This can be seen clearly in the way each tefilla begins. The Elya Rabba (O.C. 292) explains that each of z’manim of Shabbos corresponds to a different stage of the marriage process. In the first step, called kedushin – betrothal, the chosson gives the kallah a small amount of money or its equivalent (such as a ring) and says that he is mikadesh her. By doing so he sets her aside from the whole world, but she still does not enter his domain. The beginning of Shabbos corresponds to the Creation of the world. At that time we did not have a personal connection to Hashem, but Hashem had set the world aside, preparing it for its ultimate purpose of helping us to get close to Him through Torah and mitzvos. Since the world was created for us, specifically so that we can achieve that goal, this act was equivalent to the first stage of our “marriage” to Hashem – the kedushin. Therefore, we start off with “Ata kidashta – You have made holy.”
On Shabbos morning we receive the Torah and enter the next stage, nissuin – marriage, when the bride leaves her father’s home and enters the jurisdiction of her husband. Through the Torah we received a personal connection to Hashem. He chose us from all the nations and gave us an instruction manual. Thus we say: “Yismach Moshe – Moshe rejoiced!” for this is the time of the marriage celebration.
Then, finally in the afternoon, after we have passed through so many hours of the holiness of Shabbos, we reach the yichud stage – seclusion, when the chosson and kallah are all by themselves, completing the marriage bond. This is what we say in Mincha: “Ata echod, v’shimcha echod, u’mee k’iamcha Yisroel, goy echod ba’aretz –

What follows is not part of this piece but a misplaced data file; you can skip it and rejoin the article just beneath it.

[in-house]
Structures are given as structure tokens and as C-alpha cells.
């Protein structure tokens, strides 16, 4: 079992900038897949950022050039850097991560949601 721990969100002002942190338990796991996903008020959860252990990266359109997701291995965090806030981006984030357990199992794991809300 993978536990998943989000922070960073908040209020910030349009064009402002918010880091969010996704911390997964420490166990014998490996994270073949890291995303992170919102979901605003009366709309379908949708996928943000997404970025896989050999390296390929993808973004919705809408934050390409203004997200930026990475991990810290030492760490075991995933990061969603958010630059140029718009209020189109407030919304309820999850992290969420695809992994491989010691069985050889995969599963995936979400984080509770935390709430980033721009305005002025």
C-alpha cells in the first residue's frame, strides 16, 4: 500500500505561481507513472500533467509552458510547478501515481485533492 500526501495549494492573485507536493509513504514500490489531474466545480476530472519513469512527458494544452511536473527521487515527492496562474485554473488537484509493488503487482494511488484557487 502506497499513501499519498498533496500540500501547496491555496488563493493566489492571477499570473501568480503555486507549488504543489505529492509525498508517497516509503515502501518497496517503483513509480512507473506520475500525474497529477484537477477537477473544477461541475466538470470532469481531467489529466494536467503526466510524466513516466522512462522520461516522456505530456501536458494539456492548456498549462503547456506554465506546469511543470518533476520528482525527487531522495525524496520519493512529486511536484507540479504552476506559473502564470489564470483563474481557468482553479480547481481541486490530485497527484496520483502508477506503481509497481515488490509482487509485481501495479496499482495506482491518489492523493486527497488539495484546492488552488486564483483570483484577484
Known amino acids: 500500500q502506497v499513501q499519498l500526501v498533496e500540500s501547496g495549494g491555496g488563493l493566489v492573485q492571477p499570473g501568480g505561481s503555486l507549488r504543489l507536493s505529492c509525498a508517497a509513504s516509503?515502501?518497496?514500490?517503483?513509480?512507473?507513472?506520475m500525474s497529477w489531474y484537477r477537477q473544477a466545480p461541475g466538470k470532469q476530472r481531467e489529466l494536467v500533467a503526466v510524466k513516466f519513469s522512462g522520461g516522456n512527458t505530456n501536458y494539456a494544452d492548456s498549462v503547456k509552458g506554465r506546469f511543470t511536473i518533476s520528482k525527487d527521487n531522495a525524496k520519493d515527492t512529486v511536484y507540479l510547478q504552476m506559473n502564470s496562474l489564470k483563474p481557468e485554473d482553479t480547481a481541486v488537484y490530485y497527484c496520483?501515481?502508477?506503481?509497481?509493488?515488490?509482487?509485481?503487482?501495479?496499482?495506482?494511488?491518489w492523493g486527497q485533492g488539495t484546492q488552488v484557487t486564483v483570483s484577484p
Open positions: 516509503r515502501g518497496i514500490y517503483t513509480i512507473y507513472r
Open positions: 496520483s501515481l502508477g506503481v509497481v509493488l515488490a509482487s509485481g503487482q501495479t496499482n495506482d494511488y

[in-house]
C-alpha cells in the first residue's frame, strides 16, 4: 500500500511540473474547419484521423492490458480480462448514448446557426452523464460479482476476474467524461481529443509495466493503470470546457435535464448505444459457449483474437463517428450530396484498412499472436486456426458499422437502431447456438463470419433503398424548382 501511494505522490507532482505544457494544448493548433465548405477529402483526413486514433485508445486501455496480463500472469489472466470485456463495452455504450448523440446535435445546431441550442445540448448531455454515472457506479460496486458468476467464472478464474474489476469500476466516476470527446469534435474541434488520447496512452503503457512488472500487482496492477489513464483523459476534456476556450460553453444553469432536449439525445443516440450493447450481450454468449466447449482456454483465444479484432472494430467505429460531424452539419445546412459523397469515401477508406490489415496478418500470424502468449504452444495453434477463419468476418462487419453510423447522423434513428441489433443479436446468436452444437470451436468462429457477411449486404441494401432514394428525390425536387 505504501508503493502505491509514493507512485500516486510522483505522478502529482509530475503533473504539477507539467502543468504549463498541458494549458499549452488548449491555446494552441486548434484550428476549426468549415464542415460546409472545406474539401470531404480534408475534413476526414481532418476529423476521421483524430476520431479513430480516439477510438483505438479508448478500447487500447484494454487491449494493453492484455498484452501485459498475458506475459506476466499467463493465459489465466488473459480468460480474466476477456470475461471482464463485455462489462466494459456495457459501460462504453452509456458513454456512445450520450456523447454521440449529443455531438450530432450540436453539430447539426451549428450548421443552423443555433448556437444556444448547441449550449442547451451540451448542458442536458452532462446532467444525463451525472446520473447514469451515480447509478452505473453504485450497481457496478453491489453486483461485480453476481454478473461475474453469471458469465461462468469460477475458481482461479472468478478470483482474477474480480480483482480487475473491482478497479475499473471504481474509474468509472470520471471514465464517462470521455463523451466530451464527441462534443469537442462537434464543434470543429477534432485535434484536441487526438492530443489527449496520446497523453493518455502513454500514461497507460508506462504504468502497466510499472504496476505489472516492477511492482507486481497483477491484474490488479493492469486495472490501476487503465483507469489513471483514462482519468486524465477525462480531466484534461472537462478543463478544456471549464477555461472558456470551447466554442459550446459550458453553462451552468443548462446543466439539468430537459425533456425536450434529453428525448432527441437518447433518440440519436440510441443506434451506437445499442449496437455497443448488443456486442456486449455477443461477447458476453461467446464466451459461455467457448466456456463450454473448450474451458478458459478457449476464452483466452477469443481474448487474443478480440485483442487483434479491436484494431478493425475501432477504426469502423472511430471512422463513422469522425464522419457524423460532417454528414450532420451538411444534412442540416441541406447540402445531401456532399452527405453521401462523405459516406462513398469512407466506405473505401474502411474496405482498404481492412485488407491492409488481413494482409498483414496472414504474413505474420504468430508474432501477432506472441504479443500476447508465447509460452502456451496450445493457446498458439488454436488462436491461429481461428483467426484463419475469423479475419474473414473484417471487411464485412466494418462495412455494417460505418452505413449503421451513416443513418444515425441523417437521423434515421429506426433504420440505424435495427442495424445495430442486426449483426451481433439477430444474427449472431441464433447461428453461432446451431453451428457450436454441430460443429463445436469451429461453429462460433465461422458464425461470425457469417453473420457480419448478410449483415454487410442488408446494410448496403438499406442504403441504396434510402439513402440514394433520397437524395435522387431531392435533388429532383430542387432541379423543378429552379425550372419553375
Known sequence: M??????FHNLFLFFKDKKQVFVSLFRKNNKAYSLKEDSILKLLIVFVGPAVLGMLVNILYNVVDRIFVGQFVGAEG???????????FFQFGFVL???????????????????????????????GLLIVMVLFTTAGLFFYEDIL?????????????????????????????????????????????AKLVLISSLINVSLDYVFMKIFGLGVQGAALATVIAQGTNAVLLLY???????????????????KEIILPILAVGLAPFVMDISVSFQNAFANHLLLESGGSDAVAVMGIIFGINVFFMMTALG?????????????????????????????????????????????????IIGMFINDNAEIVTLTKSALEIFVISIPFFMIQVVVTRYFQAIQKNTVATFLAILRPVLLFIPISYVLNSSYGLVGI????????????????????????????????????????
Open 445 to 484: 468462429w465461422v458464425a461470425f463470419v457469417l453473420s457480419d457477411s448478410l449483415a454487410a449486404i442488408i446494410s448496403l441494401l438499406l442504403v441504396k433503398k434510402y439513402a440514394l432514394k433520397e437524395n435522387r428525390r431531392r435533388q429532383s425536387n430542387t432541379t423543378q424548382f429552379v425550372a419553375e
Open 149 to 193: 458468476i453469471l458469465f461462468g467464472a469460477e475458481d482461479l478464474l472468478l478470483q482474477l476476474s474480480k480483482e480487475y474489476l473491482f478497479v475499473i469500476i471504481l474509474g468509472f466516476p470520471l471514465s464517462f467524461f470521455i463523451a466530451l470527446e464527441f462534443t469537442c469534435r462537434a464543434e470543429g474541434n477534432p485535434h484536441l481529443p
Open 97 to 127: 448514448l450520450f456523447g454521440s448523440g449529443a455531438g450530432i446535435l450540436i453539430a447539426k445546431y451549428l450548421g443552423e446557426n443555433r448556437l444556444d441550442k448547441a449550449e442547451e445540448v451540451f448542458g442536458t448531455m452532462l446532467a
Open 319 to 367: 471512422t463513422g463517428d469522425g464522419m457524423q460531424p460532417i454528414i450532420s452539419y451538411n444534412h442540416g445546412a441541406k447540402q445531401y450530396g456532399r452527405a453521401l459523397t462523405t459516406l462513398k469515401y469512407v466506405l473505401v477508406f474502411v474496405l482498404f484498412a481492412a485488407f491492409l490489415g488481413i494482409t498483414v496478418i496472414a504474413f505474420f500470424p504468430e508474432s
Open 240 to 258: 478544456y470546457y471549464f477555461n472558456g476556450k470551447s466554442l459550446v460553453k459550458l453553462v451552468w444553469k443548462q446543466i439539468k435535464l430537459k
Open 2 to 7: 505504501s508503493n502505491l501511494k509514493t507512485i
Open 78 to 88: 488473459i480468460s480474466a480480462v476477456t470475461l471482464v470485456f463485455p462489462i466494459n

You are One, Your name is One and who is like Your people Yisroel, one nation on earth!” We describe a situation where no one will interfere with our relationship with Hashem. It is no surprise, therefore, that this special time is the one that few people take advantage of. For the Satan knows what can be achieved and therefore makes sure to tell us, “Shabbos is almost over, you’re soooo tired and worn out.” But that was before…now that the secret is out we will make sure to use that time properly!
Many years ago when I was in yeshiva, a bachur began to sing “Yom Shabason” during the evening seudah. The Mashgiach leaned over and said with a smile: “That song is for Shabbos day….” At the time I didn’t understand. So what if it is printed in that part of the bentcher? But now the answer is clear. Just as the tefillos reflect the various time zones of Shabbos, so do the zemiros.
Just a little homework: This Shabbos, let us take a look at the different zemiros and try to figure out why we sing each one during that part of Shabbos. We will probably discover many interesting things in the process. Most of all, it will help us feel the specialness of each time and cause us to become closer and closer to Hashem!
About the Author: Rabbi Eliezer M. Niehaus, raised and educated in Los Angeles and subsequently Yeshivas Toras Moshe in Yerushalayim, is the Rosh Kollel of the Zichron Aron Yaakov Kollel in Kiryat Sefer , Israel. He lectures for the public and is the director of the Chasdei Rivka Free Loan Gemach. He can be reached at firstname.lastname@example.org.
If you don't see your comment after publishing it, refresh the page.
Our comments section is intended for meaningful responses and debates in a civilized manner. We ask that you respect the fact that we are a religious Jewish website and avoid inappropriate language at all cost.
If you promote any foreign religions, gods or messiahs, lies about Israel, anti-Semitism, or advocate violence (except against terrorists), your permission to comment may be revoked.